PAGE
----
Medicine & Health researchers awarded $1.5 million NHMRC funding

Sydney researchers have received 13 National Health and Medical Research Council (NHMRC) grants worth over $1.5 million.
Professor Simon Lewis from the Faculty and Medicine and Health and the Brain and Mind Centre has secured a $462,501 grant as part of the 2021 NHMRC- European Union Joint Programme on Neurodegenerative Disease Research (JPND) as part of the COgNiTive propagation in PRodrOmal Parkinson’s Disease: CONTROL-PD.

Professor Lewis and his team will investigate REM sleep behaviour disorder as a predictor of Parkinson’s Disease in older people by assessing groups of local patients. The data will be assessed locally before being pooled with that of international research teams in the Netherlands, France, Germany, Israel and Canada. The research aims to provide a better understanding of how Parkinson’s Disease spreads through the central and peripheral nervous systems to improve patient outcomes and enable earlier access to disease modifying therapies.

Twelve University of Sydney students also received NHMRC postgraduate scholarships valued at $1,092,731.

The grants are part of a $44 million dollar investment by the Federal Government to strengthen Australian participation in international research efforts and promote global health objectives by funding postgraduate scholarships, international collaboration and research infrastructure and equipment through the National Health and Medical Research Council (NHMRC). The funding aims to assist Australian based researchers participating in collaborative international research projects.

Federal Minister for Health and Aged Care, Greg Hunt, said sharing scientific knowledge enables Australian researchers to develop best practices and build international research networks that will accelerate discoveries and their translation into better health outcomes.

“NHMRC’s international partnerships bring researchers together to promote global health objectives and strengthen Australian participation in international research efforts,” Minister Hunt said.

“This collaboration begins with postgraduate research students learning from their mentors, sharing skills and ideas and continues with international partnerships when researchers around the world come together to solve shared health challenges,” NHMRC CEO Professor Anne Kelso AO said.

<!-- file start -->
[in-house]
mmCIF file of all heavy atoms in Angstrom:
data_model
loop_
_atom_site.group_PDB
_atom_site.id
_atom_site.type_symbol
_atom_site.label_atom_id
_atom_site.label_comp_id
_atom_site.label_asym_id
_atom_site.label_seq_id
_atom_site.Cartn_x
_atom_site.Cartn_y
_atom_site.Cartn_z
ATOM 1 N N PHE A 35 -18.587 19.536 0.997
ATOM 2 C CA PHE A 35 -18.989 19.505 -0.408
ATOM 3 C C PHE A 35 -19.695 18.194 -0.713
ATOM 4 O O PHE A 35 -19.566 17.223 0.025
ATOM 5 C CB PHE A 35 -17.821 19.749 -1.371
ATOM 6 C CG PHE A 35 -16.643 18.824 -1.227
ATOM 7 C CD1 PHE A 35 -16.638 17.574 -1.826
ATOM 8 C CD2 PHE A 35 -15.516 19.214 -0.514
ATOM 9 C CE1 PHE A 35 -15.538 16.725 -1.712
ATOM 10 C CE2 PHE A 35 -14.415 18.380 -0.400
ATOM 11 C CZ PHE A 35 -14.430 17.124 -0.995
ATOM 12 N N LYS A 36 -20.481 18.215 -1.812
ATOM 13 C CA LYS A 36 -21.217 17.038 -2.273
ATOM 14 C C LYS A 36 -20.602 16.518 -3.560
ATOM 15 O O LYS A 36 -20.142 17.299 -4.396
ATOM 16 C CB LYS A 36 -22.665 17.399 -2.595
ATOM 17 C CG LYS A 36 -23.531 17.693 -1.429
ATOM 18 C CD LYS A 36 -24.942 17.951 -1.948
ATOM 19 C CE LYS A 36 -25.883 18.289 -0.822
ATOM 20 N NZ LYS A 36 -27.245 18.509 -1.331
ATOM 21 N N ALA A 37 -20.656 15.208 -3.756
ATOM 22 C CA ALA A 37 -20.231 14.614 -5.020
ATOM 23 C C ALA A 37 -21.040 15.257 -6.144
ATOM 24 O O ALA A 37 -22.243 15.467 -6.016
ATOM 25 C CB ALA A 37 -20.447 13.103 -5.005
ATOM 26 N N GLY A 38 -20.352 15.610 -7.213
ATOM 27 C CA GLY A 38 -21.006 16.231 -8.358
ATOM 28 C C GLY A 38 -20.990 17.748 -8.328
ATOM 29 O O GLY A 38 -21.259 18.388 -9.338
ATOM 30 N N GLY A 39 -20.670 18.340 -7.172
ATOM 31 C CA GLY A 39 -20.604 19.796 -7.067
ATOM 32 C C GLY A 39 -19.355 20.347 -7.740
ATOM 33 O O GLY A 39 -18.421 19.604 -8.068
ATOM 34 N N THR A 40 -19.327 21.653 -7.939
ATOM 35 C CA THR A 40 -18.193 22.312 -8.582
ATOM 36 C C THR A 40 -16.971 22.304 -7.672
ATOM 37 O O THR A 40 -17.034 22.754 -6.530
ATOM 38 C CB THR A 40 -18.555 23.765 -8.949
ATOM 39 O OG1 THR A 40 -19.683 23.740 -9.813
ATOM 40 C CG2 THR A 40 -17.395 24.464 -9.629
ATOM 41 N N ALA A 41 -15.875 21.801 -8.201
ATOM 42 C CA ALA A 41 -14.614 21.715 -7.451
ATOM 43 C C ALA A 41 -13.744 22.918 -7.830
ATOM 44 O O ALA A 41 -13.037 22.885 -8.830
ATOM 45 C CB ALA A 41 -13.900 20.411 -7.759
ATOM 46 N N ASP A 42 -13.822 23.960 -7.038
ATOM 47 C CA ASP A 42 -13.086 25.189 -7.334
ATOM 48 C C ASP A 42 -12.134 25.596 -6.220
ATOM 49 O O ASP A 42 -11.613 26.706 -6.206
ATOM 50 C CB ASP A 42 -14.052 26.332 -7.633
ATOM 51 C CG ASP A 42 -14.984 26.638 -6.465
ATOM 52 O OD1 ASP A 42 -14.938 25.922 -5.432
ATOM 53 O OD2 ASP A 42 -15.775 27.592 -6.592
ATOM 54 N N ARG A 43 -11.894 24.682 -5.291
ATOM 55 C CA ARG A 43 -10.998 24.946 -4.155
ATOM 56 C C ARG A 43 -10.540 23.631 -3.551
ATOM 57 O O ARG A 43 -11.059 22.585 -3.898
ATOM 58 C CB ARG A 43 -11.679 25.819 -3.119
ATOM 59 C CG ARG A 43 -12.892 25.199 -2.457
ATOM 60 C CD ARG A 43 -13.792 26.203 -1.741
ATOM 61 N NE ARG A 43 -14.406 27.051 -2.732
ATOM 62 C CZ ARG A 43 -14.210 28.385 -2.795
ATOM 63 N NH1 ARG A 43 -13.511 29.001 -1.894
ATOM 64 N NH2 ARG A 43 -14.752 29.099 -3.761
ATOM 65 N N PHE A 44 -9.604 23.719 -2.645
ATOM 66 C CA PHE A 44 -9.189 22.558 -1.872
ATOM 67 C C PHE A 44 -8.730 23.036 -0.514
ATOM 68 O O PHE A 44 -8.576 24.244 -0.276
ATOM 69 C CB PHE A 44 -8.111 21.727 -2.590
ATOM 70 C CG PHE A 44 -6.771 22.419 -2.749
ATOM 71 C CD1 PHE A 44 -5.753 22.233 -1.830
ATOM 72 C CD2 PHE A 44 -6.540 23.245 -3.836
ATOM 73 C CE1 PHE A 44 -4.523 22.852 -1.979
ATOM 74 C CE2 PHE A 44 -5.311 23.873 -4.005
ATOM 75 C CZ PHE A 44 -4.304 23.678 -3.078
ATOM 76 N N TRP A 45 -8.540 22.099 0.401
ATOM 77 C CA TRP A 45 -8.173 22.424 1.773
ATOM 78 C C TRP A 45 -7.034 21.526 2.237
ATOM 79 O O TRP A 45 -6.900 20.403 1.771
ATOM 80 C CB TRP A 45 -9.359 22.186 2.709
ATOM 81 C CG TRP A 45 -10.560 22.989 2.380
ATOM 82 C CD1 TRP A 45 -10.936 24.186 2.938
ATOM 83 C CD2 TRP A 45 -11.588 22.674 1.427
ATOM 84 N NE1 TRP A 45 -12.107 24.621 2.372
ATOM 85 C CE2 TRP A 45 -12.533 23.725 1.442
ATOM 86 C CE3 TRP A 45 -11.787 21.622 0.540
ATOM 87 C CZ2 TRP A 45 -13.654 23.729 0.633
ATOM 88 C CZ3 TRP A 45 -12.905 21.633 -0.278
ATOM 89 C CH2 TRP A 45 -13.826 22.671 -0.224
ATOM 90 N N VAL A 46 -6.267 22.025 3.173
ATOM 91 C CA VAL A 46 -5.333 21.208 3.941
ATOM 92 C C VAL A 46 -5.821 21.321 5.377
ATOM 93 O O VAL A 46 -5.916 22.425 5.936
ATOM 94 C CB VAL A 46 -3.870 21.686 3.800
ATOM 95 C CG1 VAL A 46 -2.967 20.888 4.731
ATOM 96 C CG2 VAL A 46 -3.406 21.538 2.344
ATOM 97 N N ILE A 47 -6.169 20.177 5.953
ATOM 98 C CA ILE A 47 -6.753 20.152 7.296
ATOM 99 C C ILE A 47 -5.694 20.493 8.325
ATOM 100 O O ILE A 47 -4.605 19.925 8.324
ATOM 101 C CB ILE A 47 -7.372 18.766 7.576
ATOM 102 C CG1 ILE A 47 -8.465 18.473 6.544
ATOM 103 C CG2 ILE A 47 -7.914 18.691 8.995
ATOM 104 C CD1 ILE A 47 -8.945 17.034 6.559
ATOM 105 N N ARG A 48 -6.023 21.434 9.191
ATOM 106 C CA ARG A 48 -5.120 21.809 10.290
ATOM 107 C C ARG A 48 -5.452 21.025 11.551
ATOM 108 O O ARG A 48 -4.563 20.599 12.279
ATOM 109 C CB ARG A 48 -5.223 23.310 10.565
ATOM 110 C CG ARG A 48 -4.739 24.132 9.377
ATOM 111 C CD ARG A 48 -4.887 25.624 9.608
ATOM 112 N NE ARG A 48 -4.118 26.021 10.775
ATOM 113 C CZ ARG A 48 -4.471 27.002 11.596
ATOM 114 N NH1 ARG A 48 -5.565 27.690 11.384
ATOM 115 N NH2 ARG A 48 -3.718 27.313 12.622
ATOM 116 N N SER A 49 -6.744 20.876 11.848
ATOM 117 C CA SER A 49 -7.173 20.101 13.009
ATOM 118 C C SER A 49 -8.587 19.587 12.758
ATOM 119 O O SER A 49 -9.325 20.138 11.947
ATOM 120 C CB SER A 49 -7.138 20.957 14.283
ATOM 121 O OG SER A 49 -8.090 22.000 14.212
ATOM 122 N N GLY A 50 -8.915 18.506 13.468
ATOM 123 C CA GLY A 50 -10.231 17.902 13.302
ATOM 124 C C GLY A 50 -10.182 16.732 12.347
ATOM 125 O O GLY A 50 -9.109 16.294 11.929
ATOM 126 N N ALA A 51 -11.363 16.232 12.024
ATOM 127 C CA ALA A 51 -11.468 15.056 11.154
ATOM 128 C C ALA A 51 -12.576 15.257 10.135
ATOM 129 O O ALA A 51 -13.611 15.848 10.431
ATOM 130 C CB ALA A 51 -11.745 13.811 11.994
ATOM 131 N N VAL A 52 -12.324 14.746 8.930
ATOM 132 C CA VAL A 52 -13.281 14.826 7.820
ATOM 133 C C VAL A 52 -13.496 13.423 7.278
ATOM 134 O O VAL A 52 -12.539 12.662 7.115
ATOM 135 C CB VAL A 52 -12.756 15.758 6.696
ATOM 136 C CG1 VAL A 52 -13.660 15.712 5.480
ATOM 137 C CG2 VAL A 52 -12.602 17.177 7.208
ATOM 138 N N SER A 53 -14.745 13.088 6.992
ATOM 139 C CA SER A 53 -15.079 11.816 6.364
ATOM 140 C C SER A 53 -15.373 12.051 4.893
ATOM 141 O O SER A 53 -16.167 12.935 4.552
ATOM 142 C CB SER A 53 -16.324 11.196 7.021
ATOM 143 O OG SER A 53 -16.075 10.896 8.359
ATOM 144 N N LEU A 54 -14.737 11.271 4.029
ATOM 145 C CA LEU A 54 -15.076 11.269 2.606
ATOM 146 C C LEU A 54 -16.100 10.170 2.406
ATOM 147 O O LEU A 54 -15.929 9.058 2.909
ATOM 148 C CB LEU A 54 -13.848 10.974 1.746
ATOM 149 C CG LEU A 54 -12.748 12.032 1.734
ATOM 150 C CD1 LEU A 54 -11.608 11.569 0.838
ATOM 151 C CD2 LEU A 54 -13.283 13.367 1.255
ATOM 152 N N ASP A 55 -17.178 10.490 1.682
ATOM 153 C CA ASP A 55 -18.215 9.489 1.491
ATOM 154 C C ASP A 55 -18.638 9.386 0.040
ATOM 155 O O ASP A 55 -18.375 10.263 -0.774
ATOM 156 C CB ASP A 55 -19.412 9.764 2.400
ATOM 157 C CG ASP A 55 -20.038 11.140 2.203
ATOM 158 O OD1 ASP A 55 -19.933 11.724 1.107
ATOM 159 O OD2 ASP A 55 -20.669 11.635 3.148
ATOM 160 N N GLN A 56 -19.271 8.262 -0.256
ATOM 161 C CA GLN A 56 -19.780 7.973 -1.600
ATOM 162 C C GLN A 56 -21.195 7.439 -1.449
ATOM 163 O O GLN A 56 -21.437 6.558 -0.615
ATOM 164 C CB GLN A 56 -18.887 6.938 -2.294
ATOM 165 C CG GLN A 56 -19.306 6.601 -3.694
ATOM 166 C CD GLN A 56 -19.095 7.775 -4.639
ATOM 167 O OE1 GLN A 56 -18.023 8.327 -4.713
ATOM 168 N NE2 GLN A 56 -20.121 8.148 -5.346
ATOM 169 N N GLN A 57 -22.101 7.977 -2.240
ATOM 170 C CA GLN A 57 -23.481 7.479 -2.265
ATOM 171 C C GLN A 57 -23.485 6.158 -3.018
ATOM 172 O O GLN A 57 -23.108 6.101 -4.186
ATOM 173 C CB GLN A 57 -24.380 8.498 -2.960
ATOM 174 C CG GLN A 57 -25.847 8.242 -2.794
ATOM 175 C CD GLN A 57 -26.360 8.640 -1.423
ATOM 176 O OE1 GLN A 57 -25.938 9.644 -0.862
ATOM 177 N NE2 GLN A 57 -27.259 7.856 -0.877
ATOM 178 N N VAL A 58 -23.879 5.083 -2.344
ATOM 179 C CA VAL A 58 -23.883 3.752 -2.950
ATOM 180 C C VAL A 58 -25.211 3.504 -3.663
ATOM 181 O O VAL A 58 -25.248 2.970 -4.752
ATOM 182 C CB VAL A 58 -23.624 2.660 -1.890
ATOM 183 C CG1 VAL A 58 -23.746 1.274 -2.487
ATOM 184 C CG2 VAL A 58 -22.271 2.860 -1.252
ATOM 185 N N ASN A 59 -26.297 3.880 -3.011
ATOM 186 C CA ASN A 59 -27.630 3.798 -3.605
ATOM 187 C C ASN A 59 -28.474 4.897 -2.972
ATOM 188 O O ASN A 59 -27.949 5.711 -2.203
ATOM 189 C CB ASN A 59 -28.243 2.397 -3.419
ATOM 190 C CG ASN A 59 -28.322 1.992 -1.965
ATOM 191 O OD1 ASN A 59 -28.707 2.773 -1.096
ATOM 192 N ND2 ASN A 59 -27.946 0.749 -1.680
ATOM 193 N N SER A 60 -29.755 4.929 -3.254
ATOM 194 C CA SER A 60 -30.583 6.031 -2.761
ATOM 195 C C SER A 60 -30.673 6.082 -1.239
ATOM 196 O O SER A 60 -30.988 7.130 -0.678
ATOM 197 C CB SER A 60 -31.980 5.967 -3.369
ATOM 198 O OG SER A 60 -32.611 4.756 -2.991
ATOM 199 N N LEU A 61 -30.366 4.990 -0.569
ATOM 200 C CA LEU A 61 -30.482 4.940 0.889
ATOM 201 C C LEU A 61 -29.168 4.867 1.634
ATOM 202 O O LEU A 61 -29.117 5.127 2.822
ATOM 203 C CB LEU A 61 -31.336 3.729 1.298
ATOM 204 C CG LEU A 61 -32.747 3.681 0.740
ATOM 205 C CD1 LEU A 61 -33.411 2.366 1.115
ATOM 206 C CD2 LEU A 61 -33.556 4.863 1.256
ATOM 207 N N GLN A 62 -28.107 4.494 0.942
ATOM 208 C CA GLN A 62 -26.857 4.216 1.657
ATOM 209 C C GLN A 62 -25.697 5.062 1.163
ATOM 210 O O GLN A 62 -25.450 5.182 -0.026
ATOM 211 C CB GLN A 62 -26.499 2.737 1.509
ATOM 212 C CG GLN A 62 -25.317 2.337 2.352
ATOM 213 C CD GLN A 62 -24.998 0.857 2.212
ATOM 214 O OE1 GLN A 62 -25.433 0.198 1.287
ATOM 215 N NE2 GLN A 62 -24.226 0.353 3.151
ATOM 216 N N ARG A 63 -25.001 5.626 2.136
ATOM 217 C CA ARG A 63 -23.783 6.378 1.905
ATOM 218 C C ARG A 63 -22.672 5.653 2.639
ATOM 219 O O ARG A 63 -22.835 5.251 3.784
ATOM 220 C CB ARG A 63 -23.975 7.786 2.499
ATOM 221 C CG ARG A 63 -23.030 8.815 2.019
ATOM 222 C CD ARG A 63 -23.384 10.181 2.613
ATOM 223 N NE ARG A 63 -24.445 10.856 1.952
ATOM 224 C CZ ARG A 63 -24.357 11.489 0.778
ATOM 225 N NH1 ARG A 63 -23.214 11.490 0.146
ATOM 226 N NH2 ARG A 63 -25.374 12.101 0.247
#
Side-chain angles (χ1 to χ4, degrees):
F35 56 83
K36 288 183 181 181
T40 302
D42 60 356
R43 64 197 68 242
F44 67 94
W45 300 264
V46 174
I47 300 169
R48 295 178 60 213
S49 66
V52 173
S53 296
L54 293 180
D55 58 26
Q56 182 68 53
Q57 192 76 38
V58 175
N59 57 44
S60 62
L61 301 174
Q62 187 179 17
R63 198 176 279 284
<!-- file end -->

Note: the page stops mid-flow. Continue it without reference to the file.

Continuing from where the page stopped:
The twelve Sydney students awarded NHMRC Postgraduate Scholarships are:

Tara Guckel: Advancing the prevention and early intervention for co-occurring anxiety and alcohol use disorders ($93,056)
Sophia Garlick Bock: Comorbid Mental Health and Drug and Alcohol Use Among Sexuality and Gender Diverse Young People in Australia ($93,056)
Shania Liu: Responsible pre-operative Opioid use for Hip and knee ArthropLasTy (OpioidHALT) study ($81,985)
Dr Noa Amir: Identifying and addressing the needs and priorities of patients with genetic kidney disease and their families ($97,640)
Dr Edmund Chung: Treatments to expand regulatory T cells and/or deplete autoantibody production in primary membranous nephropathy ($97,640)
Karan Shah: Economic evaluation of strategies to increase kidney donation and transplantation ($80,201)
Dr Deonna Ackermann: Optimising trial processes and generating translational gains: Studies Within A Trial (SWATs) for the MELSELF randomised controlled trial of patient-led melanoma surveillance. ($62,204)
Erin Madden: Improving evidence-based practice for comorbid alcohol and other drug and mental health conditions: the role of implementation science and quality improvement toolkits ($93,056)
Ashwin Bhaskaran: Ventricular arrhythmia mechanisms and therapies ($135,002)
Chandana Guha: Improving care and outcomes for vulnerable patients with chronic kidney disease – the young and the elderly ($67,346)
Dr Kasun De Silva: Novel technologies and strategies to identify arrhythmogenic substrate and triggers for sudden cardiac death ($90,168)
Dr Oliver Cronin: The Science of Cold Snare Polypectomy

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